This thesis introduces unsupervised learning algorithms for arbitrary sensorimotor associations. The experimental and mathematical understanding of these algorithms will be given considerable space. Two robot setups--a robot arm and a mobile robot--serve as a test bed for our sensorimotor theory of perception of space and shape, specifically for the learning and application of visuomotor models.
The remainder of the Introduction focuses on two points: the background of the sensorimotor approach to perception and the description of existing learning techniques. The first point covers experiments that show an influence of action on perception and reviews hypothesis on perception based on sensorimotor models. The second point covers artificial neural networks and their application to sensorimotor models. These networks comprise feed-forward networks, recurrent networks, and Kohonen's self-organizing maps (Kohonen, 1995).
Chapter 2 reviews existing methods related to the new unsupervised learning techniques. The collection of the sensorimotor data is a distribution of data points in some high-dimensional space. The goal of learning is to find an approximation of this distribution. Two strategies are used: first, fitting a mixture of ellipsoids to the data, and second, mapping the data to a higher-dimensional space in which they can be approximated by a single hyper-plane. The first uses a combination of vector quantization and principal component analysis (PCA). Here, PCA is restricted to a region within the distribution; hence, it is called local PCA. A mixture of local PCA relates to a probability density model of the data (Bishop, 1995). The second strategy is based on a non-linear extension of PCA that is called kernel PCA (Schölkopf et al., 1998b).
Chapter 3 describes new algorithms to determine the parameters of a mixture of local PCA from a data distribution. One algorithm combines the vector quantizer Neural Gas (Martinetz et al., 1993) with local PCA. Another algorithm extends the mixture of probabilistic PCA (Tipping and Bishop, 1999), such that it can cope with sparse distributions, like typical sensorimotor data. Both algorithms are tested on synthetic data and on the classification of hand-written digits.
Chapter 4 describes a novel pattern-association method that builds on the mixture of local PCA from chapter 3. Input and output are parts of a data point in the sensorimotor space. In this space, the input portion of a data point is the offset from zero of a constrained subspace. The intersection of this subspace with the mixture of ellipsoids gives a completed data point, which yields the output portion in its components. The method resembles a recurrent neural network, since input and output components can be chosen after learning, and arbitrary distributions can be approximated instead of just functions. The new method learns to complete images and learns the kinematics of a simulated robot arm with redundant degrees of freedom. The latter task demonstrates the advantage over feed-forward networks. In addition, the dependence on the number of input dimensions will be analyzed experimentally and theoretically.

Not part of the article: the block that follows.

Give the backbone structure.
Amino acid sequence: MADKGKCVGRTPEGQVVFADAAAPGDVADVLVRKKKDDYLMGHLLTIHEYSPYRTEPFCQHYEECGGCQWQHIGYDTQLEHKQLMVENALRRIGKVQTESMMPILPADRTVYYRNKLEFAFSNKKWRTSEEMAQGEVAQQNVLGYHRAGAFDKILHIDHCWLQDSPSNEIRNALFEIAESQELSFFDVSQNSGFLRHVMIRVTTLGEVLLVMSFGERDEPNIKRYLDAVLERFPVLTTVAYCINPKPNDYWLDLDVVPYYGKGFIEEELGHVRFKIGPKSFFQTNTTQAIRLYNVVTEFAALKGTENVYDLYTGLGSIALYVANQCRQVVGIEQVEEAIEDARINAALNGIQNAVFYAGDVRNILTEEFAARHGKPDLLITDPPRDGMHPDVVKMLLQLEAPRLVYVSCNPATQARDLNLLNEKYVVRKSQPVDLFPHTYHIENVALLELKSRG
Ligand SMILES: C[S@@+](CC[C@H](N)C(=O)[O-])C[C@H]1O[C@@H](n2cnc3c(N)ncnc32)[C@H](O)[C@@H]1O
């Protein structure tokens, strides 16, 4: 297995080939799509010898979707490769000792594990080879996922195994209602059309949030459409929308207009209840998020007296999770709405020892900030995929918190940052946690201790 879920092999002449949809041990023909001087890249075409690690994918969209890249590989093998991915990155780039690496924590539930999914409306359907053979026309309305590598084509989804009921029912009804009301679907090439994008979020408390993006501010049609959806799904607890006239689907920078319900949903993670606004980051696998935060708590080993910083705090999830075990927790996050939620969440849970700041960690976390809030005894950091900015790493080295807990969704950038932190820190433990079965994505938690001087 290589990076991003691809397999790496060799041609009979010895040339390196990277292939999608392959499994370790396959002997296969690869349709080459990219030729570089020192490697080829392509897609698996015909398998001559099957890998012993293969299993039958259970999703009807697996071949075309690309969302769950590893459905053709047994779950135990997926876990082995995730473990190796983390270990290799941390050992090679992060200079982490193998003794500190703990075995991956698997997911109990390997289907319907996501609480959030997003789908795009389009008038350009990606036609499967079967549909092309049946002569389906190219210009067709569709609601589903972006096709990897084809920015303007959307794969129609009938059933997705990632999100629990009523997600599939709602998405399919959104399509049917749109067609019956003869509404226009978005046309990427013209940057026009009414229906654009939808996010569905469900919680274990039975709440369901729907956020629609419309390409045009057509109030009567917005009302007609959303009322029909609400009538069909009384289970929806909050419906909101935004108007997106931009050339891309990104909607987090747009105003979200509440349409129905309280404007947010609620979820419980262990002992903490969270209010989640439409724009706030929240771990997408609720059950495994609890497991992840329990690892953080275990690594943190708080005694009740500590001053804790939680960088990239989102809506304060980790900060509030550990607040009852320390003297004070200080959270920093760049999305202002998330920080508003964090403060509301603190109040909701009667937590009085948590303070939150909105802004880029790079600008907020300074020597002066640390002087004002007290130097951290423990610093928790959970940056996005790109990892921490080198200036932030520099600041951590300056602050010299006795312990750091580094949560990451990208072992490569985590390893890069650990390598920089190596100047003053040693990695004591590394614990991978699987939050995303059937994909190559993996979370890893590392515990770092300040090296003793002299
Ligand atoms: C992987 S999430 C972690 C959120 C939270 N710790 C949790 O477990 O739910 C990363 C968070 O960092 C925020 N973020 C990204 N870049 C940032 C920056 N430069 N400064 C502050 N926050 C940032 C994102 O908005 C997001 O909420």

Chapter 5 introduces an alternative pattern-association method, which is based on kernel PCA. A subspace spanned by the principal components of the distribution's mapping into an infinite-dimensional space serves as a representation of the data. Here, recall is a descent in a potential field, and its region of attraction is the principal subspace. With the help of a kernel function, all computation can be done in the original space. The new pattern-association method is tested on synthetic data and on the kinematic arm model from chapter 4.
In chapter 6, the pattern-association methods from chapter 4 and 5 are applied to a visuomotor model for a robot arm. The robot is equipped with a two-finger gripper and a camera. The task of the robot is to grasp an object by associating an image of the object with an arm posture. Image processing is necessary and mimics biological functions. Furthermore, it proved to be of advantage to use a population coding for the joint angles, the object's position, and its orientation within the image. The experiment shows that the robot can perceive an object's position and orientation in space by simulating an arm posture suitable to grasp the object.
Chapter 7 presents a forward model for a mobile robot with an omni-directional camera. The model predicts the sensory consequence of a motor command. By anticipating the effect of a sequence of motor commands, the robot can either select actions that lead to defined goal states or use the simulation of actions to estimate its location in space and its distance to obstacles. In learning the sensorimotor model, a multi-layer perceptron proved to be better than the newly developed pattern-association described in chapter 4. The reason for this difference is explored.
Chapter 8 sums up the results and puts them into relation with each other. Appendix A describes some common statistical tools. Some of the algorithms used are presented in Appendix B. Mathematical proofs can be found in Appendix C. Appendix D shows samples from a database of hand-written digits, and Appendix E contains lists with notations, symbols, and abbreviations.
Chapter 3 to 7, further appendix B.3 and appendix C contain the contributions of this work. Parts of this research has been published beforehand. These parts are: